Stephen Moore, Political Diary:
During last week’s debate about the federal earmarking process — which is used to distribute pork to congressional districts — House Appropriators struck back. The appropriators, of both parties, complain that fiscal conservatives in the House are trying to ruin a time-honored congressional tradition of passing out bacon by demanding full transparency for pork spending. In a letter to his colleagues, Idaho Republican Rep. Mike Simpson went so far as to argue that the Framers wouldn’t have approved of this effort to curb Congress’s power of the purse and even claimed “earmarking is virtually required by article 1 section 9 clause 7 of the Constitution.”
So we did some checking on the writings of the founders to shed some light on their view of the domestic pork process. The first budget ever passed by Congress approved roughly $100 million of funds in today’s dollars. There were no Lawrence Welk Museums or Cowboy Hall of Fame earmarks in the bill — which was only a few pages long. The founders believed that if a government function wasn’t listed in the Constitution under the enumerated powers clause (Article I, Section 8), the right to spend money didn’t exist. Pork was hardly an issue.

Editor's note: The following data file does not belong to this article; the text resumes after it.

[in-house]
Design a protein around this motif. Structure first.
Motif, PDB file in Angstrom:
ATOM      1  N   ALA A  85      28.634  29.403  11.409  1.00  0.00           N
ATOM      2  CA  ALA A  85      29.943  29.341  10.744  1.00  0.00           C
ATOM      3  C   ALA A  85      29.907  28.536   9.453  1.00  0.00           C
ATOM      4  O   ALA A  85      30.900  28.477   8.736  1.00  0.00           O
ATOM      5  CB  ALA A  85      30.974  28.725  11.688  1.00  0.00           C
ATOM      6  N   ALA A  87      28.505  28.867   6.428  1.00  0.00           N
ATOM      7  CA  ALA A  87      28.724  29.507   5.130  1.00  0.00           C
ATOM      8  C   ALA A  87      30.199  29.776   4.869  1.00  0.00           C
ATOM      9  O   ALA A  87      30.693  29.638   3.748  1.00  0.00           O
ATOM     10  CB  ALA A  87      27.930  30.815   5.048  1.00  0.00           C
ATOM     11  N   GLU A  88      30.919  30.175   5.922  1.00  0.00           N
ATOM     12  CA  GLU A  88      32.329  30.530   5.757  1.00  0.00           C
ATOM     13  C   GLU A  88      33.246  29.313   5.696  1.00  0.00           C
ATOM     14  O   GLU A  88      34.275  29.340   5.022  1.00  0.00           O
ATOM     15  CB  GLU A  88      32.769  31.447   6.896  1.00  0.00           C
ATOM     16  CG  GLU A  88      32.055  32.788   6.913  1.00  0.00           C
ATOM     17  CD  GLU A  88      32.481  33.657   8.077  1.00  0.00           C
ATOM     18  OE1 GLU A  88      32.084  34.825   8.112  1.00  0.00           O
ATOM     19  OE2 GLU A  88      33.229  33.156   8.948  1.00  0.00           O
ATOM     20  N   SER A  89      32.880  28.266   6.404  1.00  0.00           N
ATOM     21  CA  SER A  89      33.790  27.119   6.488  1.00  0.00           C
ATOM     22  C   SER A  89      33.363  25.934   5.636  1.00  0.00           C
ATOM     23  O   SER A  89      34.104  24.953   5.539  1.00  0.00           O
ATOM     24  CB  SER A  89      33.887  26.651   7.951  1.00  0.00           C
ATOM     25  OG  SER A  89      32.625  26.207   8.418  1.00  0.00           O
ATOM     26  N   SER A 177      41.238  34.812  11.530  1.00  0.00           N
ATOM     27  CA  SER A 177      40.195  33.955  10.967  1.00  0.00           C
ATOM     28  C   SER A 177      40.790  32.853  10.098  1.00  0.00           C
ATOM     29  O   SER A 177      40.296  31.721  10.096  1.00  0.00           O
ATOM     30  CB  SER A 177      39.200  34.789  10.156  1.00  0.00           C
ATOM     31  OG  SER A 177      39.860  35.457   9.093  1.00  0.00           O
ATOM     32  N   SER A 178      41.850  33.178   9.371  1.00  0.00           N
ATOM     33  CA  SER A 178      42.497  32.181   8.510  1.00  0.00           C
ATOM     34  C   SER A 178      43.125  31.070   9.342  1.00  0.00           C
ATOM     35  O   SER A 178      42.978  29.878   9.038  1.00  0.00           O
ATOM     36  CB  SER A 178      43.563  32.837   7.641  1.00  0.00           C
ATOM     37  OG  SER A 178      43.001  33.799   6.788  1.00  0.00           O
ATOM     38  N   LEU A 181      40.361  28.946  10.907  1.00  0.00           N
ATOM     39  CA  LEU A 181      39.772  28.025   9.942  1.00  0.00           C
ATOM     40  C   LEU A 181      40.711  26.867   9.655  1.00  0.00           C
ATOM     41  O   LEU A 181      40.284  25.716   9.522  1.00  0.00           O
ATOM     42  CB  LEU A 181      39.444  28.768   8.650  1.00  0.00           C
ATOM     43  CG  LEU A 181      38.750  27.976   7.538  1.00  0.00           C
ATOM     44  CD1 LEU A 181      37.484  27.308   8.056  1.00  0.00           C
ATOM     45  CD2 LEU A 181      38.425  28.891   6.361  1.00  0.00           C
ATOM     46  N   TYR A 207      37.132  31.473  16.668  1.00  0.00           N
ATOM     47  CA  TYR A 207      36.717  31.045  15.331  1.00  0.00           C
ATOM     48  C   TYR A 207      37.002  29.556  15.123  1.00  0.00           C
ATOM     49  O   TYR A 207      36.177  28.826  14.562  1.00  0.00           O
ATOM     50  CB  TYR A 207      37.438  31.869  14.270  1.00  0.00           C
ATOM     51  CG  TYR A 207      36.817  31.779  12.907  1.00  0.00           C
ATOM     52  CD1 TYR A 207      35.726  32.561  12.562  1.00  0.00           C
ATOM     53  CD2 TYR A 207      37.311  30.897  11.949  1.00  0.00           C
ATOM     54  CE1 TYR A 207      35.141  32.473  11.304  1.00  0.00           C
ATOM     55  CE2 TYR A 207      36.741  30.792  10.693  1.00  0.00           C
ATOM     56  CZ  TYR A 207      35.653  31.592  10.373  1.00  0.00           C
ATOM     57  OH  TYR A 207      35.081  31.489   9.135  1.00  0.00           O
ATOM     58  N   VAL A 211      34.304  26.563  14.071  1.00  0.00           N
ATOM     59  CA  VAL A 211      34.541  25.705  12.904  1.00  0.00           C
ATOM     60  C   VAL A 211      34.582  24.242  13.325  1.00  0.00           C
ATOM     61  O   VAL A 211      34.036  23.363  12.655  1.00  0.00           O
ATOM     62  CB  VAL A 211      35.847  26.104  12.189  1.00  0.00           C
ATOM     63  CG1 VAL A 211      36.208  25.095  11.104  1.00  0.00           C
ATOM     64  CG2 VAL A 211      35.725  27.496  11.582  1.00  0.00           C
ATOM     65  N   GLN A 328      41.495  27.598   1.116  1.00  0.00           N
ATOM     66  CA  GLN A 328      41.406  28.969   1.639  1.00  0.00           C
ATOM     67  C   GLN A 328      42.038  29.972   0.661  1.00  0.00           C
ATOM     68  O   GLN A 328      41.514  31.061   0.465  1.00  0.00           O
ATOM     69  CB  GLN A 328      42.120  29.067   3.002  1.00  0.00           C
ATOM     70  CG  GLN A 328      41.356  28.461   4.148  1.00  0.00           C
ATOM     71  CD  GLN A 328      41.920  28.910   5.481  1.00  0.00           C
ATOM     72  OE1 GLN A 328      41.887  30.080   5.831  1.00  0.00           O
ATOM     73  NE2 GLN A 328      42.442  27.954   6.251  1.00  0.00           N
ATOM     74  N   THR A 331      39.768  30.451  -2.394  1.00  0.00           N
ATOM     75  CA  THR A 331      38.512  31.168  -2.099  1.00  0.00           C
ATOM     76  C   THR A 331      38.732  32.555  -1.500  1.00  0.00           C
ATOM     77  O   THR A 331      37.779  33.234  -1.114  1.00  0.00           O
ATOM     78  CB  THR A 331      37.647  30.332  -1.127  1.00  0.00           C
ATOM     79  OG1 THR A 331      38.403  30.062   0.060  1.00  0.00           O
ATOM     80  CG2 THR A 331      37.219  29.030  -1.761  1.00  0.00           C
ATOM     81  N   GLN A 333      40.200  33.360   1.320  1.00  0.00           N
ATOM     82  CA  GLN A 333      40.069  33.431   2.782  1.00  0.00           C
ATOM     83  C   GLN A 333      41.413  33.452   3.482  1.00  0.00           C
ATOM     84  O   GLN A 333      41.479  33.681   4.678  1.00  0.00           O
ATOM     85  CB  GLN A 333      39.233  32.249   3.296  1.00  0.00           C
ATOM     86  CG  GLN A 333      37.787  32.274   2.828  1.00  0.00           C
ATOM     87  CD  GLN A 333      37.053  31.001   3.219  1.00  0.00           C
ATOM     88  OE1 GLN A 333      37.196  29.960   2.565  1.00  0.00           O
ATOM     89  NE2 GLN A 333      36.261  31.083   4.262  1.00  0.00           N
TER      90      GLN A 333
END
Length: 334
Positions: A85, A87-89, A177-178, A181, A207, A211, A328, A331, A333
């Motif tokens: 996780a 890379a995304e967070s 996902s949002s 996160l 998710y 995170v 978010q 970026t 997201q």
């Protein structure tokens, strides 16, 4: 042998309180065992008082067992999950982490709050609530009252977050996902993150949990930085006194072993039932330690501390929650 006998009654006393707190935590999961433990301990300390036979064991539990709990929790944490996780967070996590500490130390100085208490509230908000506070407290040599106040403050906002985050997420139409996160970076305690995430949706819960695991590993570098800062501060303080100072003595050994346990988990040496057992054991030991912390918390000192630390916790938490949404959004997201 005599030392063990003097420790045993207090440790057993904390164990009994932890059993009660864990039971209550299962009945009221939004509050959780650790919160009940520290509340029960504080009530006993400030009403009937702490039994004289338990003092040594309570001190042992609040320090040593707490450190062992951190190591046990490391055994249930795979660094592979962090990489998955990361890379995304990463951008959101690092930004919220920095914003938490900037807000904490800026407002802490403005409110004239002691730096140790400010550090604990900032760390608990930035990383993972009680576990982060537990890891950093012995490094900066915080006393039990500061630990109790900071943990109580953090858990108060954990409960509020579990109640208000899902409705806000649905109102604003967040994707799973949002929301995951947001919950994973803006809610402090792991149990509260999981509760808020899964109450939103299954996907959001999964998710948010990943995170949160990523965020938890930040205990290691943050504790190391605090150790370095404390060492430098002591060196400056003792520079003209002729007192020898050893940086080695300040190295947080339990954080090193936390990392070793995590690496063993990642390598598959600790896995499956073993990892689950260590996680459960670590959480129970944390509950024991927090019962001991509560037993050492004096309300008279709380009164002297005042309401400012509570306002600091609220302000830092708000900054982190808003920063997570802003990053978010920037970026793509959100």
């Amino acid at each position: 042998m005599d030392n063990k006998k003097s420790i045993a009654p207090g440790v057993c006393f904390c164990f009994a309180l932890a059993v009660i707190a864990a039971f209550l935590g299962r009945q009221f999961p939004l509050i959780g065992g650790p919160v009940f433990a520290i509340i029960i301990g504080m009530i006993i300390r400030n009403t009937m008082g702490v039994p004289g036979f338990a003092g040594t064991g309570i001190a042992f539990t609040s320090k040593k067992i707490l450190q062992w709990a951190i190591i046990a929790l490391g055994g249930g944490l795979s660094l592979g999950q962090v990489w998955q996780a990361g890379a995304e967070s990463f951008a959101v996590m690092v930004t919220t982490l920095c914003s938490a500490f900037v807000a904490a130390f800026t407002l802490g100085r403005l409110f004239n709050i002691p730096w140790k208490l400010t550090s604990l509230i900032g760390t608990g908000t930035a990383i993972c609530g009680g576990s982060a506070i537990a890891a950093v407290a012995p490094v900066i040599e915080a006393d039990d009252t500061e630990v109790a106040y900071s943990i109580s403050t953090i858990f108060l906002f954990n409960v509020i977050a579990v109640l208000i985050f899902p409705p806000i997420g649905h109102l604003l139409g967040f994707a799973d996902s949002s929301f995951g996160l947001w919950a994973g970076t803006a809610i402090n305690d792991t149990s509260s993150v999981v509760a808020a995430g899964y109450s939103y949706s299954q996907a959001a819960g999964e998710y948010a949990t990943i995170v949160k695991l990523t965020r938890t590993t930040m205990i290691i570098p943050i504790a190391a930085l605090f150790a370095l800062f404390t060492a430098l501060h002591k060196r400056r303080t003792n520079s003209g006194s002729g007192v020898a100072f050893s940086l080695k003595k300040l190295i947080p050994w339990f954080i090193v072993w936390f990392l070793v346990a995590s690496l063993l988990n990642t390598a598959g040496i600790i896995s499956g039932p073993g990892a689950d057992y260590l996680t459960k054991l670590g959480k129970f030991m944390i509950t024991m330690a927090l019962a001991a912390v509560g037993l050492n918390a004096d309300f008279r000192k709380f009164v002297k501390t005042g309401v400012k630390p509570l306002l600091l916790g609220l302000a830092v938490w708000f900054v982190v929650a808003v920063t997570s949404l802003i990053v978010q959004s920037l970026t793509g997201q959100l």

The biggest opponent to federal spending on parochial projects was Thomas Jefferson. Here is what Jefferson wrote in a letter to James Madison: “I view [road building] as a source of boundless patronage to the executive, jobbing to members of Congress & their friends, and a bottomless abyss of public money. You will begin by only appropriating the surplus of the post roads revenues, but the other revenues will soon be called into their aid, and it will be a scene of eternal scramble among the members, who can get the most money wasted in their State; and they will always get most who are meanest.”
To be sure, there were defenders of congressional funding of local projects, most notably Alexander Hamilton. But back then the stakes and dollar amounts were much smaller. Given what’s happening today in Congress with highway bills larded up with thousands of special projects, we’d say that Jefferson’s warning was amazingly prescient. We’d also say that the founders would be mighty disgusted with the way Republicans and Democrats have been serving as guardians of the public purse.